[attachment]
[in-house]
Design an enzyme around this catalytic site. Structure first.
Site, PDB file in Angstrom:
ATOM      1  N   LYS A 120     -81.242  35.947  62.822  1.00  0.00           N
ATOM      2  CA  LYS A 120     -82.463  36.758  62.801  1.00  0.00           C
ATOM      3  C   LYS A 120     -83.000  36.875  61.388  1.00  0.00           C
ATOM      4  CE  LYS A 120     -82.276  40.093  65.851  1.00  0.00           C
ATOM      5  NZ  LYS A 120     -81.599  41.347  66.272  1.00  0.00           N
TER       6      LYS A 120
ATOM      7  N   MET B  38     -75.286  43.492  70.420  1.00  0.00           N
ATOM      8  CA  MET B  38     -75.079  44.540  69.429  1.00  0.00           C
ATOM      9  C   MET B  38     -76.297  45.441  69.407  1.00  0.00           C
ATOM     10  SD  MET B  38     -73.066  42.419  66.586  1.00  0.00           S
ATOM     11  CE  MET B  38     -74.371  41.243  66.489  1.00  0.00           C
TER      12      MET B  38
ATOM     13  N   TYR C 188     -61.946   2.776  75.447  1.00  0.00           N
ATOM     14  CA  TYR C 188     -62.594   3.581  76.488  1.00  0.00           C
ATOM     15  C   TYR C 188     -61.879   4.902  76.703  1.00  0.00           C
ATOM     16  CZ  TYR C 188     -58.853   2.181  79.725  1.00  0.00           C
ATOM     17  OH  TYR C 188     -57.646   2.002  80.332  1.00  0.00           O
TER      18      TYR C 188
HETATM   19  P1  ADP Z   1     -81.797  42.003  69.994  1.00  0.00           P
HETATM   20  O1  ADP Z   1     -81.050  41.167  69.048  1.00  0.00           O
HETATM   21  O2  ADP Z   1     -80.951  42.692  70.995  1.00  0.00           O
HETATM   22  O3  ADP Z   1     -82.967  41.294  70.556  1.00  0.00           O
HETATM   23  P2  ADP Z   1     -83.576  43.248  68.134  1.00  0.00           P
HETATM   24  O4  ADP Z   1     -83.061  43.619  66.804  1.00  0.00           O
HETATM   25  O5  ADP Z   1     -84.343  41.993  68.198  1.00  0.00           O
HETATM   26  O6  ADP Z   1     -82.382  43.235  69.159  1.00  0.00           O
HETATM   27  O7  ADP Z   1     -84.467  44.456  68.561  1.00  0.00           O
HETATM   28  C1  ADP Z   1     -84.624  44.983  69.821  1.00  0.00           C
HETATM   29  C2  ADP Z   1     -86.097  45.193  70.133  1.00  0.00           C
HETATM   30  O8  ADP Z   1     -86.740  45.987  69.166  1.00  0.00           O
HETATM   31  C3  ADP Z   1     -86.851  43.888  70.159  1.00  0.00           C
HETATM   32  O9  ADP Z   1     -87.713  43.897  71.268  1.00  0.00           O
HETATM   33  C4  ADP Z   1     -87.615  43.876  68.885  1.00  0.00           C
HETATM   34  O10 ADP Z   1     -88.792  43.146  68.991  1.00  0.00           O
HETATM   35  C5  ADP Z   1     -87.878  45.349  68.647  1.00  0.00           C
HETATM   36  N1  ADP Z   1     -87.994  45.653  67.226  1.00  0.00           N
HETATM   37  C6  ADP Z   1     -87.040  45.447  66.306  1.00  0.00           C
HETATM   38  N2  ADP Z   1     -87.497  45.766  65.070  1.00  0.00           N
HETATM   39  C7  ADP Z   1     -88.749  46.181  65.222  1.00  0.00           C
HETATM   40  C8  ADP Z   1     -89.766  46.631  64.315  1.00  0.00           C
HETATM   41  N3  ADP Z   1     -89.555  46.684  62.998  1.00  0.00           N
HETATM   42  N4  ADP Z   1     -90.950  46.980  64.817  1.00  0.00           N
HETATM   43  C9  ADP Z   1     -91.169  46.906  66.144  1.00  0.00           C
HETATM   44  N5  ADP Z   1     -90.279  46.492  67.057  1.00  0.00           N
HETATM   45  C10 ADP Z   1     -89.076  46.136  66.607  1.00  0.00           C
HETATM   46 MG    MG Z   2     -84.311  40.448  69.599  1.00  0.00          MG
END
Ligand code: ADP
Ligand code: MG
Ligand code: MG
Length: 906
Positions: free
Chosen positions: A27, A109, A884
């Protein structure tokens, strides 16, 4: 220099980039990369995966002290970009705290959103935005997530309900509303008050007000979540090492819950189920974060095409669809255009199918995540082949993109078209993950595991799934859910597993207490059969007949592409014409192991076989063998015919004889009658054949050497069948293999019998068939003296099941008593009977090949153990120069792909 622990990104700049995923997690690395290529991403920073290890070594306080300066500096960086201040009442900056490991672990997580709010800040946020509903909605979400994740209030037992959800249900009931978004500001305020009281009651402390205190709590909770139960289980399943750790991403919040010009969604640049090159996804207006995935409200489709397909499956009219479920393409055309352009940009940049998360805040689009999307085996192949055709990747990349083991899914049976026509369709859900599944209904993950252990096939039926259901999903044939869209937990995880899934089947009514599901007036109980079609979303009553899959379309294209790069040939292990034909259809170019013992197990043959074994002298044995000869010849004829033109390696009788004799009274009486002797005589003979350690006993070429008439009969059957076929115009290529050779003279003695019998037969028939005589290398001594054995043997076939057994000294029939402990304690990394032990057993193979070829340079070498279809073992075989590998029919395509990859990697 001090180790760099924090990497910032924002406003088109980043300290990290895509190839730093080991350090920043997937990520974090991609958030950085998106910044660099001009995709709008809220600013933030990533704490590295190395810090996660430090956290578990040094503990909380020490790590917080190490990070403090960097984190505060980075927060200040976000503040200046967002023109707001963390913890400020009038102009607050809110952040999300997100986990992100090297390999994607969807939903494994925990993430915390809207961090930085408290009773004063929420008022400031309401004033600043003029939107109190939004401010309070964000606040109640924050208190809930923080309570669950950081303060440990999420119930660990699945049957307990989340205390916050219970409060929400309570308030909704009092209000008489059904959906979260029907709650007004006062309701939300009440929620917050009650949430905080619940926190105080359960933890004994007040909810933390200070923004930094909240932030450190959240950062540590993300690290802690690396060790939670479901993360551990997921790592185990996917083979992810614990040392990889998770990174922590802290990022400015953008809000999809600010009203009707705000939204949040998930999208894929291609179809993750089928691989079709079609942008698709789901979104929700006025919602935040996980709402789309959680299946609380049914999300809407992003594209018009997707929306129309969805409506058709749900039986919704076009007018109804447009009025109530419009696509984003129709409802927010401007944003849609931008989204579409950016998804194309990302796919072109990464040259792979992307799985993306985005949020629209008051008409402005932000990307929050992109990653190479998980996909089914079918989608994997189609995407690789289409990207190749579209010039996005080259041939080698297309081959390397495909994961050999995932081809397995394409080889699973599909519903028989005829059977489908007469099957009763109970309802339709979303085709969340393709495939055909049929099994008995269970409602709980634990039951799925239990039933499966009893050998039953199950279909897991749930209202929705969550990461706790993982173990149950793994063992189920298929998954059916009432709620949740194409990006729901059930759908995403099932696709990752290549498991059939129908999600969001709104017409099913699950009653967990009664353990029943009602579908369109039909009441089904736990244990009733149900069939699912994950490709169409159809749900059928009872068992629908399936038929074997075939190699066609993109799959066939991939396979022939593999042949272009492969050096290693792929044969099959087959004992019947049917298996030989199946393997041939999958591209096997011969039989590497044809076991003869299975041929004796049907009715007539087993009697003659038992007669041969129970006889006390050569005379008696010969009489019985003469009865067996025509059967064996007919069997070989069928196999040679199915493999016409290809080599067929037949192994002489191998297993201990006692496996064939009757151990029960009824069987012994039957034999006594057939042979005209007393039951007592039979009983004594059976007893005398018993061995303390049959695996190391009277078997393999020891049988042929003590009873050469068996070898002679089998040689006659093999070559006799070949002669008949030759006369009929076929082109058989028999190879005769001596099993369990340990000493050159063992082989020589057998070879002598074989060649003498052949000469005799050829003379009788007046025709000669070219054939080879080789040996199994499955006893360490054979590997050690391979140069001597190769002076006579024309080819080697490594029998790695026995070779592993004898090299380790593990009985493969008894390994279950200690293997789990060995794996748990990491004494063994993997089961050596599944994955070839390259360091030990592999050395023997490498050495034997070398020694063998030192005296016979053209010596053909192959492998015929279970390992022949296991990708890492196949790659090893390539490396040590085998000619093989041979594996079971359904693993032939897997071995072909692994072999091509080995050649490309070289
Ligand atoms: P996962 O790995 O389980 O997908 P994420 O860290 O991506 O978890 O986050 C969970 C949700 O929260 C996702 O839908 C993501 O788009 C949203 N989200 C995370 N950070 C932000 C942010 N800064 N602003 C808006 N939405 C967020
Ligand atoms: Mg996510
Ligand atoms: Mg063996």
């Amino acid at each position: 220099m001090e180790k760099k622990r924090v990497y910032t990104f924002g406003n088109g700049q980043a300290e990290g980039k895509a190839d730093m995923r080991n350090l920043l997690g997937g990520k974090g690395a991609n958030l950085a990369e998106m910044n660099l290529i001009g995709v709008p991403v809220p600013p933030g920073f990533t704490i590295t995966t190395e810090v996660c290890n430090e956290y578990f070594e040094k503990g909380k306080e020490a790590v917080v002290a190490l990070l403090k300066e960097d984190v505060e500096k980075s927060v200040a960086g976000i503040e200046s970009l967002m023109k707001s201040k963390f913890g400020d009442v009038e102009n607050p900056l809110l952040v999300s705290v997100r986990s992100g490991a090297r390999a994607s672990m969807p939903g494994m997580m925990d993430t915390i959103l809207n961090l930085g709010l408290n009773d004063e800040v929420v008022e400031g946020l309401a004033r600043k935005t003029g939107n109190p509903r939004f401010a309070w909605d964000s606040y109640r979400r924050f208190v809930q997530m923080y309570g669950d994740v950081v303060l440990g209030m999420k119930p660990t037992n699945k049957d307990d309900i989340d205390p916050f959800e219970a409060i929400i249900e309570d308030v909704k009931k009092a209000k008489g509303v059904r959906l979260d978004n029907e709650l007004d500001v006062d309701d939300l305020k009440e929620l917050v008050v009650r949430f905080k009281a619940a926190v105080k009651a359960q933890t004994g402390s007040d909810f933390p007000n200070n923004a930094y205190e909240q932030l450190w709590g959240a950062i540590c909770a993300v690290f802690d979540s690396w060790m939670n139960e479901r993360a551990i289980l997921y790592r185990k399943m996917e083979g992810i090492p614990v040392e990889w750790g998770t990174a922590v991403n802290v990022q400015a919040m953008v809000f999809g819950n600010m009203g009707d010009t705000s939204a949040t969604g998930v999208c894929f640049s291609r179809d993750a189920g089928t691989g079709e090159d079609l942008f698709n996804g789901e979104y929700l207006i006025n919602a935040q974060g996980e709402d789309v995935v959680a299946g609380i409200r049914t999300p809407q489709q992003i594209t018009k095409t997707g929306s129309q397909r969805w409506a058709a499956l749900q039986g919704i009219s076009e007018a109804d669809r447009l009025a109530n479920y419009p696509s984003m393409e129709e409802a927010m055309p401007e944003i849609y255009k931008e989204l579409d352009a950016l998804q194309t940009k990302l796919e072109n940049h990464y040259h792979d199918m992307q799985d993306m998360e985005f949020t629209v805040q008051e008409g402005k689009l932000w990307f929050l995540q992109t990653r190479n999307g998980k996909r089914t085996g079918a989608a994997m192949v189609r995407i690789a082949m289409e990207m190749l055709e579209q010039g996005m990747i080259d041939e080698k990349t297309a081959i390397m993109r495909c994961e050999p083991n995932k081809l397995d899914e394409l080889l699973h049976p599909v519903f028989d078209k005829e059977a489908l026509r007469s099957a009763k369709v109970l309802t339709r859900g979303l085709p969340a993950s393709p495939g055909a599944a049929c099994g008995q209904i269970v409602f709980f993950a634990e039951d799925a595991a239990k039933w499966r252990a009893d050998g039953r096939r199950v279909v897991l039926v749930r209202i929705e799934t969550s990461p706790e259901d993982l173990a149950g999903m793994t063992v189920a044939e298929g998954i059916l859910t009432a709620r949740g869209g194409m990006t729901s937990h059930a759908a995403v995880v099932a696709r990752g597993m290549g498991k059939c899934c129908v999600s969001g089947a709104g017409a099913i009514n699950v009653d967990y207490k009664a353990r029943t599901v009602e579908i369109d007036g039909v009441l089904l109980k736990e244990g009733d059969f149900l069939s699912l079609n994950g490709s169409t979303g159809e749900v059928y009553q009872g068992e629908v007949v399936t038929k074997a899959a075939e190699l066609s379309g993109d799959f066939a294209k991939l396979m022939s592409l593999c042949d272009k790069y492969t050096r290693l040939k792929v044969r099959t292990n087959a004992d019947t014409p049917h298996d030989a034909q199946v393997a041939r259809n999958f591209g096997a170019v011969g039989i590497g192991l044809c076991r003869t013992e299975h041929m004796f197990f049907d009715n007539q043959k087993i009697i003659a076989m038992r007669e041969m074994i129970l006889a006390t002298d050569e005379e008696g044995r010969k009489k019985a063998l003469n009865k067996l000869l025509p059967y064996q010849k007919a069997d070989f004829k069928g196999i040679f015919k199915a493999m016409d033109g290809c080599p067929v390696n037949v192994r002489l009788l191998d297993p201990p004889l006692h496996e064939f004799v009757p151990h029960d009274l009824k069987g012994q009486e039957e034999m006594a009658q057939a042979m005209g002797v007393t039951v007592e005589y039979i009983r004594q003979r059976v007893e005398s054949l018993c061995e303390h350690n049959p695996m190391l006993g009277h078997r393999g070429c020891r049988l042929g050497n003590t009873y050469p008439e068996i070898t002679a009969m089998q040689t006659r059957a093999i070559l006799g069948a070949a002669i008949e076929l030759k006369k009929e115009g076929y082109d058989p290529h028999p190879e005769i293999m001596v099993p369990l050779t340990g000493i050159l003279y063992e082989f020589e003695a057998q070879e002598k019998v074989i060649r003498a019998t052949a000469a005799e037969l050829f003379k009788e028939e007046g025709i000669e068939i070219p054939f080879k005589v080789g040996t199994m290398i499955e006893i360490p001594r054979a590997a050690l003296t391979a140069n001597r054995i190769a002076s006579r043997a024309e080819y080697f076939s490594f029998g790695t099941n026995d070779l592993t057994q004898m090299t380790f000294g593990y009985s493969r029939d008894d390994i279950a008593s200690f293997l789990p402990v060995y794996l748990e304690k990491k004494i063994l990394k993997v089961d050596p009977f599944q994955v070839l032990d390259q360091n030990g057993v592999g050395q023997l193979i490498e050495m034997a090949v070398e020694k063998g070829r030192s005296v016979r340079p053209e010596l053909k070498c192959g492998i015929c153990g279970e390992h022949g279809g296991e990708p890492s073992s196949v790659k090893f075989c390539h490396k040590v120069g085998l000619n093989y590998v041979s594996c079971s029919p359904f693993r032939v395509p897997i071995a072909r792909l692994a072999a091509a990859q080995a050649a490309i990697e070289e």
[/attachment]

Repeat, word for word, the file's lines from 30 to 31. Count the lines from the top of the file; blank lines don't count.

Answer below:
HETATM   27  O7  ADP Z   1     -84.467  44.456  68.561  1.00  0.00           O
HETATM   28  C1  ADP Z   1     -84.624  44.983  69.821  1.00  0.00           C